The criticism that Death and Life was a study of an atypical neighbourhood, Greenwich Village, misunderstood the fact that her analysis refers to the „great American city‟ as a type of community. She consistently referred to great cities like Boston, Philadelphia, and Baltimore. What Jacobs showed was that planning was not able to do much except upset the natural equilibrium of the neighbourhood-rich, pedestrian-oriented, balanced city. She recognized the underlying social order in the life of a city and contended our ignorance and limited observations prevented our appreciation.34 What Jacobs taught was not that every place should look like Greenwich Village, but that we need to understand what makes cities work organically and to nurture them as natural systems. Her advice to municipal and federal governments and city planners was; do smaller things; do less; preserve, do not destroy; let individuals do things; favour pedestrians and residents over trucks; build shops, factories, and entertainment in residential areas, not apart from them.35 Although many elected officials and developers still favour top-down approach to urban planning, most planners and architects have absorbed Jacobs‟s principles. Death and Life has become a standard text at colleges and universities, architecture and planning schools. „Smart growth‟ and „new urbanism‟ movements, whose philosophy of returning to pedestrian-oriented cities, mixed use, and preservation, claim Jacobs as their inspiration, although Jacobs didn‟t have much patience with them, finding them hopelessly suburban, and not meeting the needs of the poor and working class.36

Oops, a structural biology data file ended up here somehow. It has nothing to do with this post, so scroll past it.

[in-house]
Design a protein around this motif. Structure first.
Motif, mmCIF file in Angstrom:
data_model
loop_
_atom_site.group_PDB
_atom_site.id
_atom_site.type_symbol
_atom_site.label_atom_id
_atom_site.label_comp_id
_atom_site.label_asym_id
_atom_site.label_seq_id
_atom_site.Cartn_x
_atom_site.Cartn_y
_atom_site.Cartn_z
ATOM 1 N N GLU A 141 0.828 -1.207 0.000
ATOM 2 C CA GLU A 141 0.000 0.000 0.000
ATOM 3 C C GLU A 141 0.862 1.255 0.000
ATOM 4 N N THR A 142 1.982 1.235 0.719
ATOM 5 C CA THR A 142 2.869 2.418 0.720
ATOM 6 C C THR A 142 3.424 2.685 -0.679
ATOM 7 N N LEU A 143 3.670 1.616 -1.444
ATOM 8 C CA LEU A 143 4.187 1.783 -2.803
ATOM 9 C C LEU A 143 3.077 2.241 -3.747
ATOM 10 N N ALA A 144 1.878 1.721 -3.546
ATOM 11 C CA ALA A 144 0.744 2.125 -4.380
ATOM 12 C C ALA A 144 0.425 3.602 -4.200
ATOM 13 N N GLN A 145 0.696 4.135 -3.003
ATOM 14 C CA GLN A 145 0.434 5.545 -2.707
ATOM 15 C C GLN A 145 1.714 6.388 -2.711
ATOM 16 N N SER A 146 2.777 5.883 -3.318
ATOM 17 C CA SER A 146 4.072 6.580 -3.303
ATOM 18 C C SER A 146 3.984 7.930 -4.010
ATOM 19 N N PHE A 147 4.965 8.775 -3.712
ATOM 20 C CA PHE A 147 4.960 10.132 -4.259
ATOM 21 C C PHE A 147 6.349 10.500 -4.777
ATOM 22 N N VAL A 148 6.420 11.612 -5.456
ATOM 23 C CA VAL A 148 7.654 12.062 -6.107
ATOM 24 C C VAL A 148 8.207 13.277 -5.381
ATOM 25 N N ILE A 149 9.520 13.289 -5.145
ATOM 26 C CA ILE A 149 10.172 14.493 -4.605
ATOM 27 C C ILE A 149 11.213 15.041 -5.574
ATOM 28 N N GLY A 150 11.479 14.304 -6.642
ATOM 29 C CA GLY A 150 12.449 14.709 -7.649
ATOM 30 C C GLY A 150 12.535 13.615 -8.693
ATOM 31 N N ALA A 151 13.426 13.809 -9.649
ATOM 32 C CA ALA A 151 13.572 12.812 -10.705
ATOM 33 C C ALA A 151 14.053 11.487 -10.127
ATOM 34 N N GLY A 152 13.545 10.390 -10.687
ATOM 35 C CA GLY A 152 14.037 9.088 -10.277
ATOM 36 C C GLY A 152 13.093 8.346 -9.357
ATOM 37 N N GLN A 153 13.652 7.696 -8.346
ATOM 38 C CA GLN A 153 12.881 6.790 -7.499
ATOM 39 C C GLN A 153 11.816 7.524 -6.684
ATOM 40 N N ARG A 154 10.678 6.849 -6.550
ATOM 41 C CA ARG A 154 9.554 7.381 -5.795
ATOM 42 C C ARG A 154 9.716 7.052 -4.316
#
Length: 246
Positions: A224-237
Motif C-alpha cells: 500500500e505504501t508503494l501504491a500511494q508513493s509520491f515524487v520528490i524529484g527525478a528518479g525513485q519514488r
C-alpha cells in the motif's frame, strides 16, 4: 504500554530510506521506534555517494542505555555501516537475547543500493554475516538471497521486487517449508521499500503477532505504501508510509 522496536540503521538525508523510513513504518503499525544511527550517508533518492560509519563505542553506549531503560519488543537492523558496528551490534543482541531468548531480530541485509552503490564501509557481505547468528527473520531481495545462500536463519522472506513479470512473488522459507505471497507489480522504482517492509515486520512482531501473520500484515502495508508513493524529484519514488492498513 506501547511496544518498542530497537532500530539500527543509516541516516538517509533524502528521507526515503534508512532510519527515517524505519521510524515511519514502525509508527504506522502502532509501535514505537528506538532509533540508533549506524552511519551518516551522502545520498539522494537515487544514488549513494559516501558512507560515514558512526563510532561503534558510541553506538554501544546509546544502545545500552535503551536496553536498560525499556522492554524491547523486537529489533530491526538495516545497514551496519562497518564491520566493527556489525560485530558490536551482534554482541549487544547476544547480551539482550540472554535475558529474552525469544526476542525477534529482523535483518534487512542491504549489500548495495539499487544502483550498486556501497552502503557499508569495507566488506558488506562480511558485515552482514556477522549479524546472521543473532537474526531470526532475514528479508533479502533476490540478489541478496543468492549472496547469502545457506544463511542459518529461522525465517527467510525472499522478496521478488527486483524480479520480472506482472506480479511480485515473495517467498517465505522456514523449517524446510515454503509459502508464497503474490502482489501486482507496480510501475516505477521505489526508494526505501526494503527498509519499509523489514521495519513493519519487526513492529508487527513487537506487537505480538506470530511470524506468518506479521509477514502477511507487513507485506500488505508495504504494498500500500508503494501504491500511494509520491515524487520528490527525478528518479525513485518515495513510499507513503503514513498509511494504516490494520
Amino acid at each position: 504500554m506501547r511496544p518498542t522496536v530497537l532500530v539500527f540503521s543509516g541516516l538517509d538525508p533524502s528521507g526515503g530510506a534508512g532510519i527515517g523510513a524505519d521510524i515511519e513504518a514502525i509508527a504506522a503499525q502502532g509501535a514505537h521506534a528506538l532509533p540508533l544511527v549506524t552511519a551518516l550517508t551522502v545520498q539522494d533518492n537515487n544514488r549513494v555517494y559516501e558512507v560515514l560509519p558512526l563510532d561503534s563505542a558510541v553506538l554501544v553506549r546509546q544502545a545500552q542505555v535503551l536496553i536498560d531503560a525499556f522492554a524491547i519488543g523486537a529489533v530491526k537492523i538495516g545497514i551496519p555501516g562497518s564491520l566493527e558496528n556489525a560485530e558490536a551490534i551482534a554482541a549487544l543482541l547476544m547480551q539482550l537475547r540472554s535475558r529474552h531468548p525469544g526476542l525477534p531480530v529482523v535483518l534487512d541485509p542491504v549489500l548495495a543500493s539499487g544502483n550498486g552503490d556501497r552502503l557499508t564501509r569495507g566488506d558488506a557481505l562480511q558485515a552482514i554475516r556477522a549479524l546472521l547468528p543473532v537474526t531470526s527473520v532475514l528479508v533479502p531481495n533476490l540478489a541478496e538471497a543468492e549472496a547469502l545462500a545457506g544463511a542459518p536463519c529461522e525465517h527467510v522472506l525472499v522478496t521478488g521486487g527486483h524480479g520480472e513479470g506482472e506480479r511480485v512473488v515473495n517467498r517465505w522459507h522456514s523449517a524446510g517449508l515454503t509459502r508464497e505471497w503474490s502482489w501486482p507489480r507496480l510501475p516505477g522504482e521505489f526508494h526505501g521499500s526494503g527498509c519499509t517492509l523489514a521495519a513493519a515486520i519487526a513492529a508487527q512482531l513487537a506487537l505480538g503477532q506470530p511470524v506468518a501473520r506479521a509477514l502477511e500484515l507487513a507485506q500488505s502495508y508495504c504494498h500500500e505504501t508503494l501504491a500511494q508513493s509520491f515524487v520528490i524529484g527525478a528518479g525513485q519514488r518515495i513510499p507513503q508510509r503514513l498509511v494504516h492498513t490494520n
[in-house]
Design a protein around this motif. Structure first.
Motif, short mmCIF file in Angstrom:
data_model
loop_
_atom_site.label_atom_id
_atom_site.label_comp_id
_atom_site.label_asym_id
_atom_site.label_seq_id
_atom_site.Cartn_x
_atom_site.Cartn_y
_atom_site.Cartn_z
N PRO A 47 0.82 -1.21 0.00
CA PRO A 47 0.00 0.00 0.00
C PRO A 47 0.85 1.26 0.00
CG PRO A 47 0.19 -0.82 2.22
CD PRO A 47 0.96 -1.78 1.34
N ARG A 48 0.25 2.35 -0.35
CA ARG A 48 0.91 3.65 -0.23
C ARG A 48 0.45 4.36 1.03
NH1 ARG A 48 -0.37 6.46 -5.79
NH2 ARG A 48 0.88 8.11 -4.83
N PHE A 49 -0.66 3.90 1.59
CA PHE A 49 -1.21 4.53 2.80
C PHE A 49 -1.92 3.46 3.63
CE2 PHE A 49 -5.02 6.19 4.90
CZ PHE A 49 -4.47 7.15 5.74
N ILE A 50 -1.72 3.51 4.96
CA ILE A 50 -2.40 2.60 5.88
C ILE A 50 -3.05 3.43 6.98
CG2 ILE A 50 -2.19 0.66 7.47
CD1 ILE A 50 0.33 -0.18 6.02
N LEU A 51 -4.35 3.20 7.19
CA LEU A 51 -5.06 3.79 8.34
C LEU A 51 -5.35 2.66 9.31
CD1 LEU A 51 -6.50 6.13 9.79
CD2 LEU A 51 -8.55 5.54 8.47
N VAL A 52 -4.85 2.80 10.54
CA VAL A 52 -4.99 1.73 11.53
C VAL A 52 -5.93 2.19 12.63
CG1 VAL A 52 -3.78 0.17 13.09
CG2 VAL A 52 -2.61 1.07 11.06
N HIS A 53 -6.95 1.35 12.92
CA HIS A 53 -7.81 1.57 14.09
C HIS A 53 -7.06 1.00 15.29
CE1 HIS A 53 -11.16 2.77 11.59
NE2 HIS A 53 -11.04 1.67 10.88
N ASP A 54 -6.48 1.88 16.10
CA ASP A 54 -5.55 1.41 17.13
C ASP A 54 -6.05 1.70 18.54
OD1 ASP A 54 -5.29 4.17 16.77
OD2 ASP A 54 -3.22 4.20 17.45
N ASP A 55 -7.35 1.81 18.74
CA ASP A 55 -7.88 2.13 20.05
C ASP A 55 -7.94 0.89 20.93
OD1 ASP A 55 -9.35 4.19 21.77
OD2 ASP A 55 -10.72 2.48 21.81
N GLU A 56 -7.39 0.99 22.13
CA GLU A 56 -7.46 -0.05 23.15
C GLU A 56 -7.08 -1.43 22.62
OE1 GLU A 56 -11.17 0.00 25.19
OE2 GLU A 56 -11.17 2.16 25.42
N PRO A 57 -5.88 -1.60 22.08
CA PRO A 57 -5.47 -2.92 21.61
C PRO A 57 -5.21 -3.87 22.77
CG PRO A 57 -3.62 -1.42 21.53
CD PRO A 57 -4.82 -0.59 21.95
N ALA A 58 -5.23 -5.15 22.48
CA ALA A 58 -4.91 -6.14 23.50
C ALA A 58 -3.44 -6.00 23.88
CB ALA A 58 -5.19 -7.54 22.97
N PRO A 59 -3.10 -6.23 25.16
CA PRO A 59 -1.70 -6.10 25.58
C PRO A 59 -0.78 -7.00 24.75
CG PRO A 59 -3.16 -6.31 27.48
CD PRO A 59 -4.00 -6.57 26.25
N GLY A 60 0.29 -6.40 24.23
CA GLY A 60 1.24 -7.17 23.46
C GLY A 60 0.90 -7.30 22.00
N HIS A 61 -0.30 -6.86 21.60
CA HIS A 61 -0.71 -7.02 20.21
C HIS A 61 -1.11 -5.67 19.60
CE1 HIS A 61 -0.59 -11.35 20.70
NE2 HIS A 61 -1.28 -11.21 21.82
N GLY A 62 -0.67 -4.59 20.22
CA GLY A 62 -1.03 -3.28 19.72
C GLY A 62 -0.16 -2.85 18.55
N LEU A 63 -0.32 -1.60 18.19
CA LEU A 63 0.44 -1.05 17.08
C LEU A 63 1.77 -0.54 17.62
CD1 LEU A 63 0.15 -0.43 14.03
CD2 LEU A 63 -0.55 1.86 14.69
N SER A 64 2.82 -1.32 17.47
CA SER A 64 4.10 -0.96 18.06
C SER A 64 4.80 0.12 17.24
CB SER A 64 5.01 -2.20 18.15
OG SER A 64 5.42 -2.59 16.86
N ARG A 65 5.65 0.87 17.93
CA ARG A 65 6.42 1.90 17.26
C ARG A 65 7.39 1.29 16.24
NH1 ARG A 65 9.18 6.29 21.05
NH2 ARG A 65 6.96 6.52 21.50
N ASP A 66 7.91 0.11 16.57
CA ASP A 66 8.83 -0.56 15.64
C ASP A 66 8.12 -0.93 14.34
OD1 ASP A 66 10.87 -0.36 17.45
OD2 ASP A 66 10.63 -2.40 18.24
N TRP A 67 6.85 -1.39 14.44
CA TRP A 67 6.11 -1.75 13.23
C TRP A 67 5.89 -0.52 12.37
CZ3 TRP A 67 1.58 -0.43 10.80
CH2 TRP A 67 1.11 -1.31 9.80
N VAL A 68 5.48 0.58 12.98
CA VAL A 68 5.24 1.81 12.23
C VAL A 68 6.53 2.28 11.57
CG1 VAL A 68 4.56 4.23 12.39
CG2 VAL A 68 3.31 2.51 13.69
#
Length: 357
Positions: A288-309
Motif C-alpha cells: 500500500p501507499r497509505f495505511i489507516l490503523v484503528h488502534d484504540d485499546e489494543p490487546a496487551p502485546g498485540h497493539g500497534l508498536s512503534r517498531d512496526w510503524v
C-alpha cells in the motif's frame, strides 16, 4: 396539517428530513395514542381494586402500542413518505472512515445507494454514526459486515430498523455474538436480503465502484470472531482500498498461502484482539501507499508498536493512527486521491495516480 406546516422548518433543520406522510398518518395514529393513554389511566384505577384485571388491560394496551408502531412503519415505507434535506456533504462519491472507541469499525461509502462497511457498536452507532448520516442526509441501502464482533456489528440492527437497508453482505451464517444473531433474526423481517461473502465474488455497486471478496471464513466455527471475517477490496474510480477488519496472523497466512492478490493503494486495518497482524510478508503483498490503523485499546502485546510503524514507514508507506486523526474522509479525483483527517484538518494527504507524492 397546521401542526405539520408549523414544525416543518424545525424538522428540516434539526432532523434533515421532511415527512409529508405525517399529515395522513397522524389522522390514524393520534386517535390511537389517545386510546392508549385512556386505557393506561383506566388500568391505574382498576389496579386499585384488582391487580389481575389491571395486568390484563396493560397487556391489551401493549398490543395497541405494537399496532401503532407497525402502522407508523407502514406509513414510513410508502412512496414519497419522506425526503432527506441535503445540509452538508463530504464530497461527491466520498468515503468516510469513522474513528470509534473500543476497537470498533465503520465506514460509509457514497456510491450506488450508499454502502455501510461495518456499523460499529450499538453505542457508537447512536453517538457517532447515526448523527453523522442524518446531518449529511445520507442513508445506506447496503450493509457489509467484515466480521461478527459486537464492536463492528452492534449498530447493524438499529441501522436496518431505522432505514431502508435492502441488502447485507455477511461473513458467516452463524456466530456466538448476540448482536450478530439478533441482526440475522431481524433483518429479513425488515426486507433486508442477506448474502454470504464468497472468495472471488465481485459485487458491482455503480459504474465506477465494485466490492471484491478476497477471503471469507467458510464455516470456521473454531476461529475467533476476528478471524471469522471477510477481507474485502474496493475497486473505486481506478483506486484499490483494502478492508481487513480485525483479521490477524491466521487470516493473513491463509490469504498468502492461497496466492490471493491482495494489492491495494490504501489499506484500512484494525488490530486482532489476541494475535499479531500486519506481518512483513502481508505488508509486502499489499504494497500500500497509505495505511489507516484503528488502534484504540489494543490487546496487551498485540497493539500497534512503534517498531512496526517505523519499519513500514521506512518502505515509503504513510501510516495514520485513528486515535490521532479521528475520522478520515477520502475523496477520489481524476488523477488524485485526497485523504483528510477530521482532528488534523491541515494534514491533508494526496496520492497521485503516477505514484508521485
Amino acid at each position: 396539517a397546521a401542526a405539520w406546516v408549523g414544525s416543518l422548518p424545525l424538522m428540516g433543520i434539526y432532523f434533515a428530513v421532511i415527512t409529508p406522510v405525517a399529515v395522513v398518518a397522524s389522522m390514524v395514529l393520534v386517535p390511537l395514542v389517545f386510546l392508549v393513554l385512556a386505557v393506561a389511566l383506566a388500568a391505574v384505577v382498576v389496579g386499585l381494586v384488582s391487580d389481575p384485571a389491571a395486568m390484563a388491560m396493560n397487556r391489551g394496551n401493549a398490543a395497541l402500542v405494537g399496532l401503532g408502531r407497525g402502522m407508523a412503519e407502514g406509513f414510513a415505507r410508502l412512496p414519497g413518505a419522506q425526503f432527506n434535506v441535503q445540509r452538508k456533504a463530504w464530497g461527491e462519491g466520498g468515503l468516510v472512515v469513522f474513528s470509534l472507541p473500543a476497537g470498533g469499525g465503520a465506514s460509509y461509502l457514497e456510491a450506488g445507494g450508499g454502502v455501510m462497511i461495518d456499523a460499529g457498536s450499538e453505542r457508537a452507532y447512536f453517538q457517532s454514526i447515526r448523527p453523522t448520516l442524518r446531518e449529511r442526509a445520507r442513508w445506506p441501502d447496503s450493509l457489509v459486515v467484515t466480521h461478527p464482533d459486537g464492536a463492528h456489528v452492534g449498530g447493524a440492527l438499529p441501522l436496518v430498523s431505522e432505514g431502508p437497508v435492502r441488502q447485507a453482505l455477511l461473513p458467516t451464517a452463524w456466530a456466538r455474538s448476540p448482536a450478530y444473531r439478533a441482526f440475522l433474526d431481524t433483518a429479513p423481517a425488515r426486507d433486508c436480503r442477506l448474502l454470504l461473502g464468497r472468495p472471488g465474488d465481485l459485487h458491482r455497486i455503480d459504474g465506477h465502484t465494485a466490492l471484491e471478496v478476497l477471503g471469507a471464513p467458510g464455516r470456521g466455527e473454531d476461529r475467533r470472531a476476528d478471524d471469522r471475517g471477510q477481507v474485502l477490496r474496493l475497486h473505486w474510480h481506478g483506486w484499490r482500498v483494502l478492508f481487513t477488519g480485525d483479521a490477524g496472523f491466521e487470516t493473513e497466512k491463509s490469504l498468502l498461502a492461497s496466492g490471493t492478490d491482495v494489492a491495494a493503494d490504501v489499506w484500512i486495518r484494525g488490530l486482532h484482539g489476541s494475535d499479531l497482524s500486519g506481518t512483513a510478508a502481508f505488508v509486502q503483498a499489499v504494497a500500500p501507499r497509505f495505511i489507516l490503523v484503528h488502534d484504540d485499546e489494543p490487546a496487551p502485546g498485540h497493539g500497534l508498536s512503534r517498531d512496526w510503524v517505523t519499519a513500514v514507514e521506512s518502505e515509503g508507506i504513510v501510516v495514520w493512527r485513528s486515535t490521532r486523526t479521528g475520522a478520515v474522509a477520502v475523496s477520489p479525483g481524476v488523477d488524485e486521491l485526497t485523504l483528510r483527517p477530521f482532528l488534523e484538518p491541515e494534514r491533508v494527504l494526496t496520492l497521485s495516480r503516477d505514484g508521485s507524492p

H. M. Choldin, Review of Death and Life of Great American Cities, by Jane Jacobs, in The American Journal of Sociology, vol. 84, no. 2. (Sept, 1978) pp. 457.463
Jacobs, op. cit., p. 16.
Flint, opt. cit., 185, and P. Dreier, Jane Jacobs‟ Radical Legacy, National Housing Institute, Shelterforce Online, Issue # 146, (Summer 2006), available from http://www.nhi.org/online/issues/146/janejacobslegacy.html, accessed 19 April 2010.